Children can be picky eaters. Sometimes, parents are just glad they’ll eat anything and lighten up on urging healthier choices. Rather than drive you both bonkers, consider deterring them from some of the unhealthy choices using visuals of sorts. For examples, share that an animal cracker with peanut butter will make their teeth “happier” versus a gooey candy bar. Or, explain that the sugar-coated cereal they are pitching for has “too many sugar bugs” in it. This may dissuade them from always choosing the sugar-heavy picks (even as they go into adulthood).
• Discuss the scent of “rot” and how it relates to their oral health
When children fail to brush their teeth at night, they allow food particles in the mouth to create bacteria overload. This overload can be smelled through bad breath. The next time you encounter a smelly dumpster or have a trash can that is overdue for the curb, use the opportunity to talk about the smell that comes from not brushing their teeth.
• Talk up trips to the dentist
Going to the dentist should be seen as a normal part of every individual’s overall healthcare commitment. When discussing a dental appointment with a child, say things like “we get to go to the dentist today to make sure you smile is always happy.” Never say things like, “don’t worry, it won’t hurt” or “don’t be afraid,” since these actually plant the seeds that it may or might.
The CDC has some excellent information on children’s oral health as well as an activity book that can be downloaded at:
This activity book offers an interactive way for children to learn good oral health habits in a fun way (recommended for ages 3 – 8).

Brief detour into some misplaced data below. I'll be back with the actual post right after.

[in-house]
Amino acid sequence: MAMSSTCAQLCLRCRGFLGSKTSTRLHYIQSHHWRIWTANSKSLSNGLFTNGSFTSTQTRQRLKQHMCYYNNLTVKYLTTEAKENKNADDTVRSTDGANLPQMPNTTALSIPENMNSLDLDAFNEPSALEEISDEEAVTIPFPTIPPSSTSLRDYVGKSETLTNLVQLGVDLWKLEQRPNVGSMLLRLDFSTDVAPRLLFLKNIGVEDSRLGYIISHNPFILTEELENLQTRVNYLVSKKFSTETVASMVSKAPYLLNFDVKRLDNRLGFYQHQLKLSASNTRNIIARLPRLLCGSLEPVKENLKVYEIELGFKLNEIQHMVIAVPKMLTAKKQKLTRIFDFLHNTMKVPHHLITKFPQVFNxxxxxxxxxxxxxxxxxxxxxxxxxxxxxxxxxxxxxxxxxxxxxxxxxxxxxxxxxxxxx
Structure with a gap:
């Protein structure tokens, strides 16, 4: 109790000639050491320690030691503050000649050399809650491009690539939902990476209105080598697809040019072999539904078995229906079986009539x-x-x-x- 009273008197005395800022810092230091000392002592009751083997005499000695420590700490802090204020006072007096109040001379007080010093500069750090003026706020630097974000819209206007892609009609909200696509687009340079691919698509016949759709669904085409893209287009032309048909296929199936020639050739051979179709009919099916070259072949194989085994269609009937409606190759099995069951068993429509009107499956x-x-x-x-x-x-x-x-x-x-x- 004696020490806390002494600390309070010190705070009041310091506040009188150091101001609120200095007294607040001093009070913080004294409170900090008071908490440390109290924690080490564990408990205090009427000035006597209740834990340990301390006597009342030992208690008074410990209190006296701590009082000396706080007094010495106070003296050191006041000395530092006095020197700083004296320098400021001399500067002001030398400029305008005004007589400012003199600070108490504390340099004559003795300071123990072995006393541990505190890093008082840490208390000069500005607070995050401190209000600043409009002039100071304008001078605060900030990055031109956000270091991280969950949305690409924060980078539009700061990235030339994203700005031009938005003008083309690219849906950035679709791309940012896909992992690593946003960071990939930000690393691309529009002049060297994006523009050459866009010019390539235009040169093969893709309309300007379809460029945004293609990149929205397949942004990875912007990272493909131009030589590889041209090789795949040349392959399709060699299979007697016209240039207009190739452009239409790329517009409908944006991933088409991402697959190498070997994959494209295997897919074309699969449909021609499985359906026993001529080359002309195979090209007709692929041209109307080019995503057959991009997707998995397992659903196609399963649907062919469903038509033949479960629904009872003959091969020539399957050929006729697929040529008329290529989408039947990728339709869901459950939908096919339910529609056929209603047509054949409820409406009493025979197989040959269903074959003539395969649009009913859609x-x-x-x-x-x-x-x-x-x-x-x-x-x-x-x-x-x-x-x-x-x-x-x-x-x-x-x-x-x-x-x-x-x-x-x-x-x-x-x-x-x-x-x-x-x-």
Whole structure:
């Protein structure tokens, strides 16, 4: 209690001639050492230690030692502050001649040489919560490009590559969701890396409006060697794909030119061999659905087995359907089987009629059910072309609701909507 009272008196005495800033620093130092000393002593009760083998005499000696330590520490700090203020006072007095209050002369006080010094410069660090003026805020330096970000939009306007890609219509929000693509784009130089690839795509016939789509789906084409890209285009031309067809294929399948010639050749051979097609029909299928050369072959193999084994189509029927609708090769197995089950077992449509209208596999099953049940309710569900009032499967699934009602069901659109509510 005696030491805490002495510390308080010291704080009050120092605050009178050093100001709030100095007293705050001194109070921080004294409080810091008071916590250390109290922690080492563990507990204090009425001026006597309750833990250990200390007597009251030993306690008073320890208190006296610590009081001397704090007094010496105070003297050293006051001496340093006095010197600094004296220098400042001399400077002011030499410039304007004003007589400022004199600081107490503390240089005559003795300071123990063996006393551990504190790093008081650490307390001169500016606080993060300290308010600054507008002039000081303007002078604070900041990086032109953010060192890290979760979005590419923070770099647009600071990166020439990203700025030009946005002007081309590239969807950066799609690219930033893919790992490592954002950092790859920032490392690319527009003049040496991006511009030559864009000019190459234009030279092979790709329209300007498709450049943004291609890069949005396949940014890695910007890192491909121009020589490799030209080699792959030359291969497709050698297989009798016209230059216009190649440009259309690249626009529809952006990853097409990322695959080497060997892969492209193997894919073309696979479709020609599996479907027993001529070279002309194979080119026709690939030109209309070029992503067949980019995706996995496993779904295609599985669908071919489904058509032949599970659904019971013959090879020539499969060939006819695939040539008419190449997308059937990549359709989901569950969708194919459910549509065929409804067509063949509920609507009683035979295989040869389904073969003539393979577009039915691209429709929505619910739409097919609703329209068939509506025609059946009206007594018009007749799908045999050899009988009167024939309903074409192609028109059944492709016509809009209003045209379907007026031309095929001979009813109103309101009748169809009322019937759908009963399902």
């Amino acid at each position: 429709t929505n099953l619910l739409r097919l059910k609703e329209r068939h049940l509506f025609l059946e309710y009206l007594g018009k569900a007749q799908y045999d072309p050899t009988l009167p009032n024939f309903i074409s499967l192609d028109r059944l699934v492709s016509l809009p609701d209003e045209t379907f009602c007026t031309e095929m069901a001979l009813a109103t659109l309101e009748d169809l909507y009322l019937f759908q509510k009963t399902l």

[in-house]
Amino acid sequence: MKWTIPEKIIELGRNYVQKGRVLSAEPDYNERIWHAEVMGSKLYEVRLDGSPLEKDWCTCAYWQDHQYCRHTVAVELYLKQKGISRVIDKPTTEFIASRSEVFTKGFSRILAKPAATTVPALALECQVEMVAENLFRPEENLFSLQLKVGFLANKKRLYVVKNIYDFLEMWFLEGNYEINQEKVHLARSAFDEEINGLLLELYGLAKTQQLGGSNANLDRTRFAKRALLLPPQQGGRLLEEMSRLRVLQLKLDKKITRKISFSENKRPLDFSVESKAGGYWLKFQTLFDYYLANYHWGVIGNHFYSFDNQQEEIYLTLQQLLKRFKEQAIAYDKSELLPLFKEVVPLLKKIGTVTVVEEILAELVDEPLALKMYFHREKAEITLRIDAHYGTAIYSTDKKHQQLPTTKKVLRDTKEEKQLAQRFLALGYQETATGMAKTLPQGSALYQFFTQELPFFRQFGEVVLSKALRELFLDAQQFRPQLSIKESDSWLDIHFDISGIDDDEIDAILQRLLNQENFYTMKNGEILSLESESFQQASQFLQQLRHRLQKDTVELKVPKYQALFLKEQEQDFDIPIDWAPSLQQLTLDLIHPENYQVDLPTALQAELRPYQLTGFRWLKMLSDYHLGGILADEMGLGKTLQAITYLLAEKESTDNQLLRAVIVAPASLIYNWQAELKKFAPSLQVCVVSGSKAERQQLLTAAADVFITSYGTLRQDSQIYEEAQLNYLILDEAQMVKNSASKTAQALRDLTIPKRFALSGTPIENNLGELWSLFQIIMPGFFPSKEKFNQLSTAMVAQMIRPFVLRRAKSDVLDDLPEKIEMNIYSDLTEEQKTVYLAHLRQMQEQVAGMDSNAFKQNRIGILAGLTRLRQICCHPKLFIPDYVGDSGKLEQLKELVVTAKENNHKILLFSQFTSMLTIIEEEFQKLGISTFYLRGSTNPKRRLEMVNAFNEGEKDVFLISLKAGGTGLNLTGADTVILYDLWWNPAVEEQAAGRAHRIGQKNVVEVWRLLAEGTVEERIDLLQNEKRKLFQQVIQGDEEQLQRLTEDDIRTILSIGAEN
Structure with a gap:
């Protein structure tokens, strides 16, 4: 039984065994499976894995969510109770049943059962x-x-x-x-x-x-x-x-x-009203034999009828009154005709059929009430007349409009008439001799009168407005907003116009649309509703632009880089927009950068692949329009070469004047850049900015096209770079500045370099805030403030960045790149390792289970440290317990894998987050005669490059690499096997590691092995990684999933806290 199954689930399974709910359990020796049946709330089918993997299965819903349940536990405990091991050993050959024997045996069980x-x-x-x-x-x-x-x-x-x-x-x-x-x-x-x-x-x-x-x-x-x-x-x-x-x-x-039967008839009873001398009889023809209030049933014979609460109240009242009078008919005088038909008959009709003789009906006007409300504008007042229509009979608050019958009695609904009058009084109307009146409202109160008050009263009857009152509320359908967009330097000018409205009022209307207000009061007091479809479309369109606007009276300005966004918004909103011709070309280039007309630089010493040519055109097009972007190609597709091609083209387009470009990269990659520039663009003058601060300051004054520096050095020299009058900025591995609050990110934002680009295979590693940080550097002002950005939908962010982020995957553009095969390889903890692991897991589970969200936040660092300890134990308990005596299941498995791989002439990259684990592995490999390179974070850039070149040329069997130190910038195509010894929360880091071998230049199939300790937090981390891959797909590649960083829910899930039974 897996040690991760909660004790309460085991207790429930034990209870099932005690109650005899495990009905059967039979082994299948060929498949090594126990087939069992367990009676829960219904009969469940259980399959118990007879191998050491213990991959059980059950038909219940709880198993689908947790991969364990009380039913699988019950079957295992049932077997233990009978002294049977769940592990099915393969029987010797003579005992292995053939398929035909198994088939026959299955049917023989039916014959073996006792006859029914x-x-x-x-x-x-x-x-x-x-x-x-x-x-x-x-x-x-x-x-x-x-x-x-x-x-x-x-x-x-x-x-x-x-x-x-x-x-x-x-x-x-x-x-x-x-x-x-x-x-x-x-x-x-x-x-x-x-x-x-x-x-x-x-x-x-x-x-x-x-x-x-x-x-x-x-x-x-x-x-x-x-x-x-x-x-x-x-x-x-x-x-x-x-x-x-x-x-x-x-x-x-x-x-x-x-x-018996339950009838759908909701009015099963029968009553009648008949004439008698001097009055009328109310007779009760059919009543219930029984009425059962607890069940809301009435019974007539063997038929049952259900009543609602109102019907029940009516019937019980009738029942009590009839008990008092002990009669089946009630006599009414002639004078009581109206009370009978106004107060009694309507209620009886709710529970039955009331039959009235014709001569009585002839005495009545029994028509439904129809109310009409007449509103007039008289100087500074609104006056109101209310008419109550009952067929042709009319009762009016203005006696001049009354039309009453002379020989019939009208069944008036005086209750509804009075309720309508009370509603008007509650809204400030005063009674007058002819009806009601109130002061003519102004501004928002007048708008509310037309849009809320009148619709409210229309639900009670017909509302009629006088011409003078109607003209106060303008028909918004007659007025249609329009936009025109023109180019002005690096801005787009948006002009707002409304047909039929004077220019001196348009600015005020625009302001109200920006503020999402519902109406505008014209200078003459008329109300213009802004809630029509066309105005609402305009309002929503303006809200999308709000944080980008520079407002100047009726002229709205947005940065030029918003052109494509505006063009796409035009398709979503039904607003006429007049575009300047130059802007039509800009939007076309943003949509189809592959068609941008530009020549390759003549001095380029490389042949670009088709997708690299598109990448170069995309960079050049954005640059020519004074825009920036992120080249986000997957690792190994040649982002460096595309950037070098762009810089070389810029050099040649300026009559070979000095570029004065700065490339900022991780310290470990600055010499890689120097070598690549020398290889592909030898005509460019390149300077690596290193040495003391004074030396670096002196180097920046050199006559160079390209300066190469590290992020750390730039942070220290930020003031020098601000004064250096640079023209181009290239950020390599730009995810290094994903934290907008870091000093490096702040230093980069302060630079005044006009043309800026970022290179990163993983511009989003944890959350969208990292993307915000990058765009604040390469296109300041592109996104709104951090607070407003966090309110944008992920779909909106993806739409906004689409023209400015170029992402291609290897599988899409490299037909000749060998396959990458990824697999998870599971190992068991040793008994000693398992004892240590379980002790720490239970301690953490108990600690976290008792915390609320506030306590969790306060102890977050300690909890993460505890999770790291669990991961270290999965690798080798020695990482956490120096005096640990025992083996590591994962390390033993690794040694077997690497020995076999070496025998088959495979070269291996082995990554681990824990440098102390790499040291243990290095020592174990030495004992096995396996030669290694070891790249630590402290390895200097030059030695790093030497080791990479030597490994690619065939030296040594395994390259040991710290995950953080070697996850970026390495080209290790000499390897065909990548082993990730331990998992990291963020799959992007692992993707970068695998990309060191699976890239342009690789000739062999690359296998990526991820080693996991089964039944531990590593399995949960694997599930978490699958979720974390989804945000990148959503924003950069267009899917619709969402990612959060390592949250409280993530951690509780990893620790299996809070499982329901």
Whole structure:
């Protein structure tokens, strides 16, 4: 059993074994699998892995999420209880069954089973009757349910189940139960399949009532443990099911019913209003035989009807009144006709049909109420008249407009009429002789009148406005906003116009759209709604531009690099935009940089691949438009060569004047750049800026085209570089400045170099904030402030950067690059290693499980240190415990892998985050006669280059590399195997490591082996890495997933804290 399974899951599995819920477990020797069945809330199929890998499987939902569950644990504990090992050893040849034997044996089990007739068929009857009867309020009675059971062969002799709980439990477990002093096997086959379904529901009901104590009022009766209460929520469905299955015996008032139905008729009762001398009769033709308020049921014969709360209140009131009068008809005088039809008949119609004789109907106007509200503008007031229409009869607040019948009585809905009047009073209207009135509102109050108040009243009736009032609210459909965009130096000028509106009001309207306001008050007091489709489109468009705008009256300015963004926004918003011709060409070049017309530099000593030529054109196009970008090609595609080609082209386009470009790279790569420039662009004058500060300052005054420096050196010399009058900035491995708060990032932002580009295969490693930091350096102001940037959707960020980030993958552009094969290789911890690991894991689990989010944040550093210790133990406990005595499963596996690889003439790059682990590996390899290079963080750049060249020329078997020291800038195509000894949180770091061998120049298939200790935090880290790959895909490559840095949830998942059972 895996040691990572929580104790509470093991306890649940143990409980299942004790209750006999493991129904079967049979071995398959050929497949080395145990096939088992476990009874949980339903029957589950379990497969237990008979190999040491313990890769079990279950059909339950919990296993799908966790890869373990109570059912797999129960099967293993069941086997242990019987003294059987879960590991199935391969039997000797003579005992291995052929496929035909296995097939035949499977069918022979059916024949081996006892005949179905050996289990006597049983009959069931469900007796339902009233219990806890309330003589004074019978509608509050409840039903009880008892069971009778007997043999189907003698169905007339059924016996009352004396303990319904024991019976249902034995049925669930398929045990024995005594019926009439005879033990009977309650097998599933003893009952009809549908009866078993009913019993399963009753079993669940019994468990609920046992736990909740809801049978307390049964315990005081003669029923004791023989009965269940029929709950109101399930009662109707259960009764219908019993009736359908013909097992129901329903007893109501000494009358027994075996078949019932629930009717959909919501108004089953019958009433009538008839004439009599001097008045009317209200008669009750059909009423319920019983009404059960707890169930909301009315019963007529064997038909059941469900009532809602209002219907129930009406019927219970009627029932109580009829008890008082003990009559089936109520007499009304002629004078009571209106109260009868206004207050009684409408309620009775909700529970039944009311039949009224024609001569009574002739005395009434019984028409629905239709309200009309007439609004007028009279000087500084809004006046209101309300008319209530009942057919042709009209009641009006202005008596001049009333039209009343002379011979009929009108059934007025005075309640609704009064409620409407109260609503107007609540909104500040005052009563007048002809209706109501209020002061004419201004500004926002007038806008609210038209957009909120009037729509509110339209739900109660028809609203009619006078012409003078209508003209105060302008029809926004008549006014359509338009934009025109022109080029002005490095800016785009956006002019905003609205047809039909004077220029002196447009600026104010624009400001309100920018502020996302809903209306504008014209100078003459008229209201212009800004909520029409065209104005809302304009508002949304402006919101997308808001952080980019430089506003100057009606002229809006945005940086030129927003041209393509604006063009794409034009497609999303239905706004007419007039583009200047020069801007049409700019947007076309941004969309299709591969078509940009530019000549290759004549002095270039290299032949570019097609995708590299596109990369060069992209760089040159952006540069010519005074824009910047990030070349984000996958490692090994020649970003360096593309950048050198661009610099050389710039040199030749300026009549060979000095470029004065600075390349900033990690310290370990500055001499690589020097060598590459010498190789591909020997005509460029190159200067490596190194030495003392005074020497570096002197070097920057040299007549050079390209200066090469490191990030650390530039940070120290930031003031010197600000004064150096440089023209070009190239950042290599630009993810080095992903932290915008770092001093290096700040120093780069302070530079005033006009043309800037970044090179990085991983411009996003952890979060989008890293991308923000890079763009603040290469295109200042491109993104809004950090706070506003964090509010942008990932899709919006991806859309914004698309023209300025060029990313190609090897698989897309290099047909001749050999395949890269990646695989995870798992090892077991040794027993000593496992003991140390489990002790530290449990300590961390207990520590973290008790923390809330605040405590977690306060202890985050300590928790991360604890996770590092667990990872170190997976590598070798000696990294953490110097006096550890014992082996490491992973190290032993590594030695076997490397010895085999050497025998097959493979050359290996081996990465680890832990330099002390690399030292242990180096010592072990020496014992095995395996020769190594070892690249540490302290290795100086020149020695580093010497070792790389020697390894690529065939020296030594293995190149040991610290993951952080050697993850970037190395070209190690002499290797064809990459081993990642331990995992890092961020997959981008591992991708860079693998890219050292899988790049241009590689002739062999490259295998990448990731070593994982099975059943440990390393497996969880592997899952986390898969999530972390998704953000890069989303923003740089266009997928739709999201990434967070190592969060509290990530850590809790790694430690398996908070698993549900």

In our Shelby Twp dental office, we pride ourselves on offering complete care dentistry for all ages. Here, we are able to cover virtually every dental need in one convenient location for all ages, including:
• General dentistry – periodic check-ups and cleanings to prevent or catch problems at early stages (cavity repair,  gum tissue inflammation, abnormal wear or fractures in teeth, etc.).
• Periodontal (Gum) Therapy – treatment of gum disease at most stages to restore the gums to a healthy state and prevent the need for tooth removal.
• Tooth replacement – crown and bridge, dental implants (all stages, including placement), dentures and partial dentures.
• Cosmetic dentistry – porcelain veneers, crowns, tooth whitening, bonding, inlays/onlays, and gum reshaping (for correcting “gummy smiles” or crown lengthening). Check out our Smile Gallery for just a few examples.
• Sedation dentistry – oral and IV sedation (twilight sleep) with additional comfort options available as appropriate to treatment and the individual.
• Realignment – “invisible” Invisalign aligners are more comfortable than traditional braces and make it easier to keep teeth clean throughout treatment. Evaluations are best when they occur by age 7.
• Wisdom Tooth Extraction – advanced imaging technology helps us to conservatively remove these sometimes stubborn teeth. Sleep dentistry is available.
• TMJ Therapyneuromuscular dentistry is incorporated into restorative procedures to help patients avoid the risks for problems associated with jaw joint disorders. (We have patients come for this care from many distances, including out of state.)
• Snoring/Sleep Apnea Therapy – advanced technology helps us to accurately determine the contours of oral appliances that restore restful sleep, helping many patients avoid the need for CPAP therapy.
• Root Canals – modern techniques and technology provide our patients with a comfortable experience without the need for an endodontist when root canal therapy is needed.
If you are looking for a dental office that’s aligned to care for your entire family’s smiles, from age 1 to age 101, call 586-739-2155 to schedule a no-charge consultation or tap here to begin. For those who have fear or anxiety associated with dental visits, check out our comfort options through a brief video: DrBarbatComfort
And please enjoy an introduction to our office through a brief tour at: DrBarbatOfficeTour
Other sources:
National Institute of Dental and Craniofacial Research:

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Dr. Ban R. Barbat